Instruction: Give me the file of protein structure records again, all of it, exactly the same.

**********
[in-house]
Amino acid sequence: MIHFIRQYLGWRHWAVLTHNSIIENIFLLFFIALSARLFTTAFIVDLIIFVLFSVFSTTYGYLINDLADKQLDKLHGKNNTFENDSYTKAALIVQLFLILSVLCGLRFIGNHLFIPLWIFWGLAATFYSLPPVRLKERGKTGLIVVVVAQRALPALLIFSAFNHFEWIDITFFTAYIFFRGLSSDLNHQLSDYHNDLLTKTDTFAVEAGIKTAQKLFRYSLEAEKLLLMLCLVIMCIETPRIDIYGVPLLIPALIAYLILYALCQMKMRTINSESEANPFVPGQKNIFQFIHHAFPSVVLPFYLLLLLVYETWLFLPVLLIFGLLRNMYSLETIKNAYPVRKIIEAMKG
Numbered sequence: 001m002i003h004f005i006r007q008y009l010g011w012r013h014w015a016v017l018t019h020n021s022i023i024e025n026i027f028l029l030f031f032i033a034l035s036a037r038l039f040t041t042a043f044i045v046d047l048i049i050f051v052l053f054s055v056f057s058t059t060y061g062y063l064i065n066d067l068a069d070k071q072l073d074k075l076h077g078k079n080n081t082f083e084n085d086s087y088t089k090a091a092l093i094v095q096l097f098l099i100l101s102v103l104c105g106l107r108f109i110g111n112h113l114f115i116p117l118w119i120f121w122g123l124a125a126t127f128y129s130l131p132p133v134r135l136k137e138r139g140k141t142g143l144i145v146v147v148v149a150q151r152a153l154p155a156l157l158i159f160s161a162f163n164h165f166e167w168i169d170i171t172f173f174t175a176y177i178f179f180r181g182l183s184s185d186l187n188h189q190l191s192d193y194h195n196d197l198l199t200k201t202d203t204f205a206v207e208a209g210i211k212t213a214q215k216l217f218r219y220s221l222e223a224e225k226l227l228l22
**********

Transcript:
[in-house]
Amino acid sequence: MIHFIRQYLGWRHWAVLTHNSIIENIFLLFFIALSARLFTTAFIVDLIIFVLFSVFSTTYGYLINDLADKQLDKLHGKNNTFENDSYTKAALIVQLFLILSVLCGLRFIGNHLFIPLWIFWGLAATFYSLPPVRLKERGKTGLIVVVVAQRALPALLIFSAFNHFEWIDITFFTAYIFFRGLSSDLNHQLSDYHNDLLTKTDTFAVEAGIKTAQKLFRYSLEAEKLLLMLCLVIMCIETPRIDIYGVPLLIPALIAYLILYALCQMKMRTINSESEANPFVPGQKNIFQFIHHAFPSVVLPFYLLLLLVYETWLFLPVLLIFGLLRNMYSLETIKNAYPVRKIIEAMKG
Numbered sequence: 001m002i003h004f005i006r007q008y009l010g011w012r013h014w015a016v017l018t019h020n021s022i023i024e025n026i027f028l029l030f031f032i033a034l035s036a037r038l039f040t041t042a043f044i045v046d047l048i049i050f051v052l053f054s055v056f057s058t059t060y061g062y063l064i065n066d067l068a069d070k071q072l073d074k075l076h077g078k079n080n081t082f083e084n085d086s087y088t089k090a091a092l093i094v095q096l097f098l099i100l101s102v103l104c105g106l107r108f109i110g111n112h113l114f115i116p117l118w119i120f121w122g123l124a125a126t127f128y129s130l131p132p133v134r135l136k137e138r139g140k141t142g143l144i145v146v147v148v149a150q151r152a153l154p155a156l157l158i159f160s161a162f163n164h165f166e167w168i169d170i171t172f173f174t175a176y177i178f179f180r181g182l183s184s185d186l187n188h189q190l191s192d193y194h195n196d197l198l199t200k201t202d203t204f205a206v207e208a209g210i211k212t213a214q215k216l217f218r219y220s221l222e223a224e225k226l227l228l22